I'm struggling to control type 1 diabetes w/ 4 children

By LovelyT Latest Reply 2018-01-26 10:19:28 -0600
Started 2018-01-24 23:30:17 -0600

Hello. I'm 34 years old and was diagnosed with type 1 diabetes 4 months ago today. My BG level was 997 when I was diagnosed. I went through a period where I ignored my diabetes and now I have blurry vision, tingling in my fingers and toes and when my BG is in a normal range I feel hypoglycemic. I'm a big ball of emotion but I smile and kept it to myself because I don't want to appear weak or needy. I felt like I would pass out at work today and I hid in the bathroom until it passed because I was embarrassed. My mother was diagnosed with stage 4 ckd last month due to uncontrolled type 2 diabetes, and I know if I don't get it together I'm going to end up with the same fate. I just want to do better, not only for me, for my babies as well. I'm just overwhelmed and I don't know where to start. I have had my insulin pump for a week now I'm carb counting but my BG is still in the 300-400 range most of the time. When it does drop to a normal range I feel sick. I just can't get a handle on this. Any advice/encouragement would be greatly appreciated.

2 replies

msann 2018-01-26 10:19:28 -0600 Report

wow you got your plate running over first you have got to get your bsl better in control and your children that can understand will have to help you if they can you got anymore family hubby parents maybe some of them can help you good luck keep me updated

Type1Lou 2018-01-26 10:08:15 -0600 Report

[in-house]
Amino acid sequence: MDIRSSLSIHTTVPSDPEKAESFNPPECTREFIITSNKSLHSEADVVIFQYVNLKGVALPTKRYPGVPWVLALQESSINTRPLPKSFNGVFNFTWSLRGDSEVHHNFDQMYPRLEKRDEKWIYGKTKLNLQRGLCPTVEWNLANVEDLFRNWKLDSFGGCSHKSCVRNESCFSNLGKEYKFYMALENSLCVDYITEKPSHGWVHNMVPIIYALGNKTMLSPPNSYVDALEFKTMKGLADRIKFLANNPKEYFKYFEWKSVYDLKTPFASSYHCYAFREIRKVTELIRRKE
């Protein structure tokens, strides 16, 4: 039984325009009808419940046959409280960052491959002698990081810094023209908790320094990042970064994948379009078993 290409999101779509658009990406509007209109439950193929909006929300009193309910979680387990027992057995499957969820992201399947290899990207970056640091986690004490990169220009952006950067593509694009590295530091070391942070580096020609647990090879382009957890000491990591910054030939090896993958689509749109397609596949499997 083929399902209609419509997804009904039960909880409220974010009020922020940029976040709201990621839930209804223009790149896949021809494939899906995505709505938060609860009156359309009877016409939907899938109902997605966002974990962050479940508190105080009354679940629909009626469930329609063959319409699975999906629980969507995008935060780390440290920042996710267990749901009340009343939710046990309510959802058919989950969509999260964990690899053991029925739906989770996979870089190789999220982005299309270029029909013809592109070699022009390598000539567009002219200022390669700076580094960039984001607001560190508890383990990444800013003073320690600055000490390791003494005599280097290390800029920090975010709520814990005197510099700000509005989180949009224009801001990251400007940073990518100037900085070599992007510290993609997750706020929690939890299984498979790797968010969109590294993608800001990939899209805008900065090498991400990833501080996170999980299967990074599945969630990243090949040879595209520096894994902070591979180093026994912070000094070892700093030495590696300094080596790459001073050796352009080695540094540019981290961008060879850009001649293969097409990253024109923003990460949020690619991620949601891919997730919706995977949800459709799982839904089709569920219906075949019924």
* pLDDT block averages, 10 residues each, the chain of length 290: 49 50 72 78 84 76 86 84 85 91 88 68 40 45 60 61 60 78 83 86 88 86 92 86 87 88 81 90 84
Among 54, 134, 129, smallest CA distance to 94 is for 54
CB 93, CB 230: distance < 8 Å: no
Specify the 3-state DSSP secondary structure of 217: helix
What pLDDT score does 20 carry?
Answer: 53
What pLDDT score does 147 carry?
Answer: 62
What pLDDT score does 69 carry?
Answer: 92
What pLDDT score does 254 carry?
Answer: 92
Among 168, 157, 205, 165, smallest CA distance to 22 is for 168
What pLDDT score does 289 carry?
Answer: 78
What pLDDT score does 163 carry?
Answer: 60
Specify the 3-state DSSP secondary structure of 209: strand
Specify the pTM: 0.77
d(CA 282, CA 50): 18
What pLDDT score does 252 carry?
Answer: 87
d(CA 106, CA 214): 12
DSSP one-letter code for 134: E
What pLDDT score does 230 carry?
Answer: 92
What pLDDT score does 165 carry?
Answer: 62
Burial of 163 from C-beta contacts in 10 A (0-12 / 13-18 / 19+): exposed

Sorry you've had to deal with this. I was 27 when dx'd with Type 1 but didn't start to use a pump until 2011. It took several months for my pump settings to be totally adjusted for my metabolism and they initially set them up conservatively which could cause higher BG's initially. Are you counting your daily carbs and limiting them to a certain level? For me, limiting/reducing my daily carb intake has been the key to better control. This won't be easy, particularly with a houseful of kids. By knowing how many carbs you eat per day and then reducing that amount if your BG's are too high, you should see some progress. I also test my BG 8 times per day (even after 41 years with diabetes). I test upon waking, before meals, 2 hours after each meal and at bedtime and sometimes in the middle of the night. When my BG is too high, I give myself more insulin either via bolus or I increase my basal insulin delivery via the pump's temporary basal feature. If my BG is too low, I can reduce my pump's basal delivery for a specified amount of time. I hope your doctor is asking you to provide a weekly log of your blood sugars to them so they can properly adjust your pump settings. This is essential in the early use of a pump. If you provide the doc with a food log as well, that might provide additional insight. A great book the has become my go-to manual for understanding my diabetes is Gary Scheiner's "Think Like a Pancreas". Please don't hesitate to ask any questions that I might help with. I love my pump and living well with diabetes is possible with the right information, medical support and the determination to make the right food choices and lifestyle changes.

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